Reversing tissue damage inside the heart could soon become a reality thanks to new discovery
The latest study from the researchers of the University of Bristol, funded by The Heart Research UK, tries to unveil the mechanism of pericytes stimulating the growth of new blood vessels after a lesion occurs inside the heart muscle.
The process of angiogenesis is intermediated by leptin, a hormone that is also known as “the obesity hormone”, “the fat hormone” or “the starvation hormone.”
Today, the treatment for heart attack consists in coronary artery bypass surgery, a highly invasive procedure that involves a long recovery time and lots of risks.
According to the results of the study, when exposed to low oxygen concentrations, pericytes can produce 40-times more leptin than in normal conditions, as it helps the body survive when oxygen-deprived. Therefore, by boosting the growth of new blood vessels, pericytes enable normal blood flow to the damaged area of the heart.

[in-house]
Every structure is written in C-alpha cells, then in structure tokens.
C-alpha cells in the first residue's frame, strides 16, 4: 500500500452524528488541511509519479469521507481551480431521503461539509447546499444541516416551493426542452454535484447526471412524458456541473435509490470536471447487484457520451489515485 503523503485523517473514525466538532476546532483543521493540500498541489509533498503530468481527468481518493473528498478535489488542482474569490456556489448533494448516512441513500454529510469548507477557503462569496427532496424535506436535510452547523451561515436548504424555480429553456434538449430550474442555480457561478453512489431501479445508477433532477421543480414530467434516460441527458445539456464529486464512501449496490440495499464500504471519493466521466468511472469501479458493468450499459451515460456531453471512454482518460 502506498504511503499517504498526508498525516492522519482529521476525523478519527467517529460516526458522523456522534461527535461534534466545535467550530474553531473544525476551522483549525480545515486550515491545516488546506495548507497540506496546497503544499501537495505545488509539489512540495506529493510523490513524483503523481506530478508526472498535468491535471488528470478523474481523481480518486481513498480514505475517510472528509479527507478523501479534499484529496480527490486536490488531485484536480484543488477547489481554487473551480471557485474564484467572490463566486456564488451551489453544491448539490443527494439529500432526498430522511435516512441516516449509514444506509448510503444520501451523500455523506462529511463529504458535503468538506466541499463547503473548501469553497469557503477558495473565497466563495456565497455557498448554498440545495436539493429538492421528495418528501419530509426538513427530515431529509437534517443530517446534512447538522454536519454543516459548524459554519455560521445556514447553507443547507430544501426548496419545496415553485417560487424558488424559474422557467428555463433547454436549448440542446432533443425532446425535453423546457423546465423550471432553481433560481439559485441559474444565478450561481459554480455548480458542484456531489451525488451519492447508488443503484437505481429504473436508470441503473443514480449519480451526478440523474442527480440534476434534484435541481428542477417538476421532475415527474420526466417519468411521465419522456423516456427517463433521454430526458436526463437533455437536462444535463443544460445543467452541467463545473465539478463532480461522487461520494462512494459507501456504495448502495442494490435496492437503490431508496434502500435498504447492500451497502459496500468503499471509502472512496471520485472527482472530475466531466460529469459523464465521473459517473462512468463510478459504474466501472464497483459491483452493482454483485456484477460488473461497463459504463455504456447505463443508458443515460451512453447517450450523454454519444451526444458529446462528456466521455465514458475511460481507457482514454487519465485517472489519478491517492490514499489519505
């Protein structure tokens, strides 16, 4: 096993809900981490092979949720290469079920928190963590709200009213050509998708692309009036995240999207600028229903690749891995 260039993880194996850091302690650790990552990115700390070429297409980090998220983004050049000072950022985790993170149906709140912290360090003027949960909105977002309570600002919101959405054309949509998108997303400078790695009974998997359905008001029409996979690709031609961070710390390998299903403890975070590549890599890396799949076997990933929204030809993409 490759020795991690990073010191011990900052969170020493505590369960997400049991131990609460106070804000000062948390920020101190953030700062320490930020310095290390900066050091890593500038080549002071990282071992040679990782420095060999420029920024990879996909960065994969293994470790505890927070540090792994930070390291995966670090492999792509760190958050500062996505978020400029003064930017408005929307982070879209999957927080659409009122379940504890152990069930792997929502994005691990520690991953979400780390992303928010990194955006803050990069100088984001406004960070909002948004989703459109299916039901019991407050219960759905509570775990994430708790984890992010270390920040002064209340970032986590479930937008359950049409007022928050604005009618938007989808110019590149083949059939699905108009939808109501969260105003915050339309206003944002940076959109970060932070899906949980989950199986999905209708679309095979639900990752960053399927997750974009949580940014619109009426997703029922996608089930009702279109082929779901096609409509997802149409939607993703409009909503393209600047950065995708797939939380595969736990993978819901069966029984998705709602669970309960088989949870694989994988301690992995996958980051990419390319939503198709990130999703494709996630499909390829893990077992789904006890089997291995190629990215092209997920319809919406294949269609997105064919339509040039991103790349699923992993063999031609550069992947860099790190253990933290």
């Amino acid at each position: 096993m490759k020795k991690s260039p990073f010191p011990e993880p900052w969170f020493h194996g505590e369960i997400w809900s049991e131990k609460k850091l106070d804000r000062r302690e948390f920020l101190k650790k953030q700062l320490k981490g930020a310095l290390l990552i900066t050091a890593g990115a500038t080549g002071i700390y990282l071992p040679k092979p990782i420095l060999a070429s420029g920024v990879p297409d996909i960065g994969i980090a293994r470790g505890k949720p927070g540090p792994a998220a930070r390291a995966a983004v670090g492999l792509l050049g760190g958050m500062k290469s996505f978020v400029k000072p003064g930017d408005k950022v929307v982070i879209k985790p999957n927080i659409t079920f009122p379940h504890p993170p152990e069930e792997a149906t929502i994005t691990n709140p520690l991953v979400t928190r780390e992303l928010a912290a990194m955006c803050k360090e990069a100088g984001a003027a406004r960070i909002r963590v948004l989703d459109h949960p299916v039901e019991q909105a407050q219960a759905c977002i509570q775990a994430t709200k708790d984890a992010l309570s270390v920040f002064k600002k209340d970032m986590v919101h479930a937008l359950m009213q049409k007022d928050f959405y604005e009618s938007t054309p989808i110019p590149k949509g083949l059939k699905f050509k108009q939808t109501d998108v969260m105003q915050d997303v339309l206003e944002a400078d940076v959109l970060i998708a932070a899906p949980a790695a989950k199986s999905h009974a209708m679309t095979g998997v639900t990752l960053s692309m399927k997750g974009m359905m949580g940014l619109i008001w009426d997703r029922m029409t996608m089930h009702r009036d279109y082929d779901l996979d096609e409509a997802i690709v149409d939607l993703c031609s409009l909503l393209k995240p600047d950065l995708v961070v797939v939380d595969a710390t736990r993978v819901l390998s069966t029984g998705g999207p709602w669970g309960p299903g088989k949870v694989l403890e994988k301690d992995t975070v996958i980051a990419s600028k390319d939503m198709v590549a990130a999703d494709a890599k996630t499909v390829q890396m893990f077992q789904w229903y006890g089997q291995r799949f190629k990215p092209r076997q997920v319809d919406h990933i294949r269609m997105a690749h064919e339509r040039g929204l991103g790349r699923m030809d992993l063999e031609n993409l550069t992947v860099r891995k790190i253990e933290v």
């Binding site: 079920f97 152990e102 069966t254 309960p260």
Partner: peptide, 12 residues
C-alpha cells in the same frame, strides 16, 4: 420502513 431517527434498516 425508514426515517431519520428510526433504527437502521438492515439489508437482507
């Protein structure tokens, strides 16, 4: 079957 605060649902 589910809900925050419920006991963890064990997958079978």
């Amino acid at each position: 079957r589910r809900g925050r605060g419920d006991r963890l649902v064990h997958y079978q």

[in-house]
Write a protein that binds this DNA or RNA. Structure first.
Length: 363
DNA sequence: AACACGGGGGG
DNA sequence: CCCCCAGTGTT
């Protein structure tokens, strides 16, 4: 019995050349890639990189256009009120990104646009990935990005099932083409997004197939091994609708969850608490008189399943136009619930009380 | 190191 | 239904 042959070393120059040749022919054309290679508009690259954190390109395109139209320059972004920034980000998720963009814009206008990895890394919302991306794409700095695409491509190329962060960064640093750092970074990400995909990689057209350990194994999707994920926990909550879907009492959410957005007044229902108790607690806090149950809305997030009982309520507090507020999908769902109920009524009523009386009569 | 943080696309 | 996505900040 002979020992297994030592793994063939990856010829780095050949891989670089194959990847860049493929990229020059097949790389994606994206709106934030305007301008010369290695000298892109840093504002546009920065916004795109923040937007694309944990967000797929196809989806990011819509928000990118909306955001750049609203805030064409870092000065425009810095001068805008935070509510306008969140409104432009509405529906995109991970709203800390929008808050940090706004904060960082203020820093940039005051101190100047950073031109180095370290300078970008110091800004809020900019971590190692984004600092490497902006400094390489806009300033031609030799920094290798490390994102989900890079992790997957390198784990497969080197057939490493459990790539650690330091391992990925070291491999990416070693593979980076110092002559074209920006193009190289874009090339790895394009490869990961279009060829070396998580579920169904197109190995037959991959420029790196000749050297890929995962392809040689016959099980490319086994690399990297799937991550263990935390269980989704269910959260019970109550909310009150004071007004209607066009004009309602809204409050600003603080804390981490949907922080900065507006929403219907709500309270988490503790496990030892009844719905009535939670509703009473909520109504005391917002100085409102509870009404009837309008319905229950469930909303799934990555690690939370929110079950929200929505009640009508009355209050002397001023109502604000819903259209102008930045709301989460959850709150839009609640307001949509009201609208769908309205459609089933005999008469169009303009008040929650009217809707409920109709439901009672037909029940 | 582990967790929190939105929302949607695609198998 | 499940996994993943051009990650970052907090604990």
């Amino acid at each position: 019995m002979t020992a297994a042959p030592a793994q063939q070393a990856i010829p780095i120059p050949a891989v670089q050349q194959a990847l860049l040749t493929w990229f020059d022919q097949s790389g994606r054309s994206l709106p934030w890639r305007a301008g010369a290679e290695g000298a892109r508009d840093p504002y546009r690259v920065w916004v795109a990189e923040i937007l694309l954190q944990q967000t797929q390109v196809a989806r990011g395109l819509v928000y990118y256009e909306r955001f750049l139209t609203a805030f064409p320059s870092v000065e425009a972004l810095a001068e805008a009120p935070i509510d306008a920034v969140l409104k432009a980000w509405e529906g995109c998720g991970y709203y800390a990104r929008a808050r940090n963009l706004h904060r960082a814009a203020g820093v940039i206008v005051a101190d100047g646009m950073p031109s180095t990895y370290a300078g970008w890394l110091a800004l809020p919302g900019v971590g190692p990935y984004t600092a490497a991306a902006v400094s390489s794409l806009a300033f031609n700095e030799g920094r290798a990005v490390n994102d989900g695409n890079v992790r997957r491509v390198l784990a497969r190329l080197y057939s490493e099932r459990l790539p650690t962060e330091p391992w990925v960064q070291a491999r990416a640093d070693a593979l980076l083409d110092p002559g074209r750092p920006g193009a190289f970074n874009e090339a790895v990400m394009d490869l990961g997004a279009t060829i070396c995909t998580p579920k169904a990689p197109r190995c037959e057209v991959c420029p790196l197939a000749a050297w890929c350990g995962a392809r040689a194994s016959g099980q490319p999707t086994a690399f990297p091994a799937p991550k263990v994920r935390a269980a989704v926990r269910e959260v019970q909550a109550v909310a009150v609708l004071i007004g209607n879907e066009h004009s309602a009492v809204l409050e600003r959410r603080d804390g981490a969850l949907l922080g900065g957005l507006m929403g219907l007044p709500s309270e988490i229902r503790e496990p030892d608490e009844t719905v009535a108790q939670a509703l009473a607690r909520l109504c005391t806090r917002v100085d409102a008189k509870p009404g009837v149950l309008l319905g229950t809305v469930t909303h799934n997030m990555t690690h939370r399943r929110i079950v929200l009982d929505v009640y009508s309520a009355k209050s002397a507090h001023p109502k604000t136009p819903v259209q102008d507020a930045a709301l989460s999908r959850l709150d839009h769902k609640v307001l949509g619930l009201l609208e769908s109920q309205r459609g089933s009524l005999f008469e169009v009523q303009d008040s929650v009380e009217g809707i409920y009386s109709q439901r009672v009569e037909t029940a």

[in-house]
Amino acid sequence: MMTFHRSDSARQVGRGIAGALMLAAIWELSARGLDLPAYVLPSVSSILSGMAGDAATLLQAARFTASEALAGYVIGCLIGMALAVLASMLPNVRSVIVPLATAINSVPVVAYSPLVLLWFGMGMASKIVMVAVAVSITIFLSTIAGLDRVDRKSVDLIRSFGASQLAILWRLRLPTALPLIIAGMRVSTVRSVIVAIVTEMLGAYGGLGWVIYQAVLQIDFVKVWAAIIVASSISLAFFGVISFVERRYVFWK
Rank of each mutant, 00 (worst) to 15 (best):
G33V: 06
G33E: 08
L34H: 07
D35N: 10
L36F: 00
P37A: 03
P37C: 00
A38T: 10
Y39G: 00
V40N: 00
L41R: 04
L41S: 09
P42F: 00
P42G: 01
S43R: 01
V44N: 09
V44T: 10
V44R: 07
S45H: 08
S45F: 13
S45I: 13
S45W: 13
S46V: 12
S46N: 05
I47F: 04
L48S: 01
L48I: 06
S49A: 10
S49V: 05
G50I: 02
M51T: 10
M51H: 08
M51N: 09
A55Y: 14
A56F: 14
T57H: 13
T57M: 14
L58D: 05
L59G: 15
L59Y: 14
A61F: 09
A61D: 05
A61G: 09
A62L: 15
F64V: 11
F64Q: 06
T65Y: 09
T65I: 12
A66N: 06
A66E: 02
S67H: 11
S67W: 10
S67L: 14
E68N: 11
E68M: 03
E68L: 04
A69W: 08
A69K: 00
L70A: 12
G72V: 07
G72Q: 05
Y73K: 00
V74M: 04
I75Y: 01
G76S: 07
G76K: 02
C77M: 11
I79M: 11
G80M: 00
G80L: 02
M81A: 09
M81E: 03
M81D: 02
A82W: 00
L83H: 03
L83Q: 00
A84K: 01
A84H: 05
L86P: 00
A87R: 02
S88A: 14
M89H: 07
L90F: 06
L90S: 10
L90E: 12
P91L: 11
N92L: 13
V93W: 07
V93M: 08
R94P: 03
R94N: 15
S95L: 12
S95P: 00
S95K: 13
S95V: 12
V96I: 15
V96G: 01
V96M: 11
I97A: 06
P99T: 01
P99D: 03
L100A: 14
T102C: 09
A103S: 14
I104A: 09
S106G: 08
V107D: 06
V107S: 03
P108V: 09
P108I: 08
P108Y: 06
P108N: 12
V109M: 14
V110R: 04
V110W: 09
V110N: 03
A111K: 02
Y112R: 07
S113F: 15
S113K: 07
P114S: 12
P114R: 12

“Increasing leptin in pericytes in a damaged heart might help it to heal faster, whereas blocking the production of leptin in cancerous pericytes might starve the tumour of nutrients and force it to shrink. This translational research project is a good example of research that aims to benefit patients as soon as possible. Professor Madeddu and the team have made some important new discoveries. Understanding more about the processes involved may help pave the way for the development of new treatments for heart attacks which could replace coronary bypass operations,” Barbara Harpham, CEO of The Heart Research UK explains.
As the research can mark an important turning point in treating serious heart attacks, it can also have practical applications for cancer, building up plenty of study material in order for the scientists worldwide to succeed in treating two of the most deadly illnesses nowadays.